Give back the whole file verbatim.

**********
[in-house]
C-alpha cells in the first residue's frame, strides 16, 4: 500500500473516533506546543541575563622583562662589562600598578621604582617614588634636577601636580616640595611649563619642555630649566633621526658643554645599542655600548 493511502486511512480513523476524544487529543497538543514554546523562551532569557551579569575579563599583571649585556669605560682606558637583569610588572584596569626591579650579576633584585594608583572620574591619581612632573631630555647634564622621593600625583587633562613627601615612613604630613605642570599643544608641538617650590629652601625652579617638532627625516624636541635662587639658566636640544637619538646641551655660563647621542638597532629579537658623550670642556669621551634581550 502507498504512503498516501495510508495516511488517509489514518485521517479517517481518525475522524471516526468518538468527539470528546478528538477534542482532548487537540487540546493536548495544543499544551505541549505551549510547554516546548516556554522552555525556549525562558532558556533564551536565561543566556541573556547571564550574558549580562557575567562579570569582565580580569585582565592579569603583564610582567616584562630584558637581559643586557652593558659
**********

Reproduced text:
[in-house]
C-alpha cells in the first residue's frame, strides 16, 4: 500500500473516533506546543541575563622583562662589562600598578621604582617614588634636577601636580616640595611649563619642555630649566633621526658643554645599542655600548 493511502486511512480513523476524544487529543497538543514554546523562551532569557551579569575579563599583571649585556669605560682606558637583569610588572584596569626591579650579576633584585594608583572620574591619581612632573631630555647634564622621593600625583587633562613627601615612613604630613605642570599643544608641538617650590629652601625652579617638532627625516624636541635662587639658566636640544637619538646641551655660563647621542638597532629579537658623550670642556669621551634581550 502507498504512503498516501495510508495516511488517509489514518485521517479517517481518525475522524471516526468518538468527539470528546478528538477534542482532548487537540487540546493536548495544543499544551505541549505551549510547554516546548516556554522552555525556549525562558532558556533564551536565561543566556541573556547571564550574558549580562557575567562579570569582565580580569585582565592579569603583564610582567616584562630584558637581559643586557652593558659